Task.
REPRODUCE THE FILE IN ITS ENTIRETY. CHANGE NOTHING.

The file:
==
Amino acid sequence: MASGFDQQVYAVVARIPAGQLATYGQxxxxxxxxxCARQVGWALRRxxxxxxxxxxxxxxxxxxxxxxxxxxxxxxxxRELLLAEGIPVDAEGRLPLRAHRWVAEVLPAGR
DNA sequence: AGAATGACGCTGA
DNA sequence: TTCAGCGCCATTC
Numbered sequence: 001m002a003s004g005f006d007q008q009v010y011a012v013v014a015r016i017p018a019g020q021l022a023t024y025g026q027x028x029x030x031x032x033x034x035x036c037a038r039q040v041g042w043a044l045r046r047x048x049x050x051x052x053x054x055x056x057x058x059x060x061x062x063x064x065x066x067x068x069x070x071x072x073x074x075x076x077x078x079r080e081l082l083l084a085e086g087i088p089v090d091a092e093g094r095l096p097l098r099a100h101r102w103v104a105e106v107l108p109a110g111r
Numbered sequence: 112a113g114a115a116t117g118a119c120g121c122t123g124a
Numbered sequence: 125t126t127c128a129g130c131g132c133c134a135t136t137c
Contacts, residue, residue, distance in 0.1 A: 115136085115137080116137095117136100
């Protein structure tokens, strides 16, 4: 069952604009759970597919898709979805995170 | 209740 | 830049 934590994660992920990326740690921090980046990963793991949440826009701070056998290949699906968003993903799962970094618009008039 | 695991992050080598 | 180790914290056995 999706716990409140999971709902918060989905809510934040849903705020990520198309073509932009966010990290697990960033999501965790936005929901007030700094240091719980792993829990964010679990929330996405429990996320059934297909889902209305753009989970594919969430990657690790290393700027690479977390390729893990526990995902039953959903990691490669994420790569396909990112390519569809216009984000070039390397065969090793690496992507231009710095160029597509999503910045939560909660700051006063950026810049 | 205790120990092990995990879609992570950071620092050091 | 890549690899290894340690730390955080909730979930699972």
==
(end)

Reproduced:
Amino acid sequence: MASGFDQQVYAVVARIPAGQLATYGQxxxxxxxxxCARQVGWALRRxxxxxxxxxxxxxxxxxxxxxxxxxxxxxxxxRELLLAEGIPVDAEGRLPLRAHRWVAEVLPAGR
DNA sequence: AGAATGACGCTGA
DNA sequence: TTCAGCGCCATTC
Numbered sequence: 001m002a003s004g005f006d007q008q009v010y011a012v013v014a015r016i017p018a019g020q021l022a023t024y025g026q027x028x029x030x031x032x033x034x035x036c037a038r039q040v041g042w043a044l045r046r047x048x049x050x051x052x053x054x055x056x057x058x059x060x061x062x063x064x065x066x067x068x069x070x071x072x073x074x075x076x077x078x079r080e081l082l083l084a085e086g087i088p089v090d091a092e093g094r095l096p097l098r099a100h101r102w103v104a105e106v107l108p109a110g111r
Numbered sequence: 112a113g114a115a116t117g118a119c120g121c122t123g124a
Numbered sequence: 125t126t127c128a129g130c131g132c133c134a135t136t137c
Contacts, residue, residue, distance in 0.1 A: 115136085115137080116137095117136100
């Protein structure tokens, strides 16, 4: 069952604009759970597919898709979805995170 | 209740 | 830049 934590994660992920990326740690921090980046990963793991949440826009701070056998290949699906968003993903799962970094618009008039 | 695991992050080598 | 180790914290056995 999706716990409140999971709902918060989905809510934040849903705020990520198309073509932009966010990290697990960033999501965790936005929901007030700094240091719980792993829990964010679990929330996405429990996320059934297909889902209305753009989970594919969430990657690790290393700027690479977390390729893990526990995902039953959903990691490669994420790569396909990112390519569809216009984000070039390397065969090793690496992507231009710095160029597509999503910045939560909660700051006063950026810049 | 205790120990092990995990879609992570950071620092050091 | 890549690899290894340690730390955080909730979930699972």